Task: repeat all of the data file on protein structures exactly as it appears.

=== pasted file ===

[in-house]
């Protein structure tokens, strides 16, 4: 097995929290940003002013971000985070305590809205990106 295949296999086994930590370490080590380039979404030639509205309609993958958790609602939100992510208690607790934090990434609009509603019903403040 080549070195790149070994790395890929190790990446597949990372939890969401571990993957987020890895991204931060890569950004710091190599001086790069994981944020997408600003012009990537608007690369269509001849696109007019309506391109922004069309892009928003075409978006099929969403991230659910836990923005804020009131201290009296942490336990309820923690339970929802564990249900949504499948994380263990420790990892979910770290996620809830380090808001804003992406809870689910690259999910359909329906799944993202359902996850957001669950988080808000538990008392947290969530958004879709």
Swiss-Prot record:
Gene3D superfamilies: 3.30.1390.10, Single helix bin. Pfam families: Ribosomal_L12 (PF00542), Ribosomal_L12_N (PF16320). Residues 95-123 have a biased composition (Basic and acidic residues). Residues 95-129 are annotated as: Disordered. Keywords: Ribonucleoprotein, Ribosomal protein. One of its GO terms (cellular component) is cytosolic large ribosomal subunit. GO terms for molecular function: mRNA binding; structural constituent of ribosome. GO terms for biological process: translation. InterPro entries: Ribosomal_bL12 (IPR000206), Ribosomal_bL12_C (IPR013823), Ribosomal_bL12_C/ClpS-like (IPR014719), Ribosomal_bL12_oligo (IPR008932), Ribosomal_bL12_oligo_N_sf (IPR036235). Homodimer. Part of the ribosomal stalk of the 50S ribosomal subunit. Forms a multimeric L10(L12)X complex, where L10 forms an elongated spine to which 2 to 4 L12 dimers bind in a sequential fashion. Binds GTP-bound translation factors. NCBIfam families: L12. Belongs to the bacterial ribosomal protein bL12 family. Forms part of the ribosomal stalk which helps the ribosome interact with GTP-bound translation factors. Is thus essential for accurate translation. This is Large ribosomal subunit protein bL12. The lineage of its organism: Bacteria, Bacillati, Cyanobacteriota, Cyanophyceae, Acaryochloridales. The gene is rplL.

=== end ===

[in-house]
């Protein structure tokens, strides 16, 4: 097995929290940003002013971000985070305590809205990106 295949296999086994930590370490080590380039979404030639509205309609993958958790609602939100992510208690607790934090990434609009509603019903403040 080549070195790149070994790395890929190790990446597949990372939890969401571990993957987020890895991204931060890569950004710091190599001086790069994981944020997408600003012009990537608007690369269509001849696109007019309506391109922004069309892009928003075409978006099929969403991230659910836990923005804020009131201290009296942490336990309820923690339970929802564990249900949504499948994380263990420790990892979910770290996620809830380090808001804003992406809870689910690259999910359909329906799944993202359902996850957001669950988080808000538990008392947290969530958004879709």
Swiss-Prot record:
Gene3D superfamilies: 3.30.1390.10, Single helix bin. Pfam families: Ribosomal_L12 (PF00542), Ribosomal_L12_N (PF16320). Residues 95-123 have a biased composition (Basic and acidic residues). Residues 95-129 are annotated as: Disordered. Keywords: Ribonucleoprotein, Ribosomal protein. One of its GO terms (cellular component) is cytosolic large ribosomal subunit. GO terms for molecular function: mRNA binding; structural constituent of ribosome. GO terms for biological process: translation. InterPro entries: Ribosomal_bL12 (IPR000206), Ribosomal_bL12_C (IPR013823), Ribosomal_bL12_C/ClpS-like (IPR014719), Ribosomal_bL12_oligo (IPR008932), Ribosomal_bL12_oligo_N_sf (IPR036235). Homodimer. Part of the ribosomal stalk of the 50S ribosomal subunit. Forms a multimeric L10(L12)X complex, where L10 forms an elongated spine to which 2 to 4 L12 dimers bind in a sequential fashion. Binds GTP-bound translation factors. NCBIfam families: L12. Belongs to the bacterial ribosomal protein bL12 family. Forms part of the ribosomal stalk which helps the ribosome interact with GTP-bound translation factors. Is thus essential for accurate translation. This is Large ribosomal subunit protein bL12. The lineage of its organism: Bacteria, Bacillati, Cyanobacteriota, Cyanophyceae, Acaryochloridales. The gene is rplL.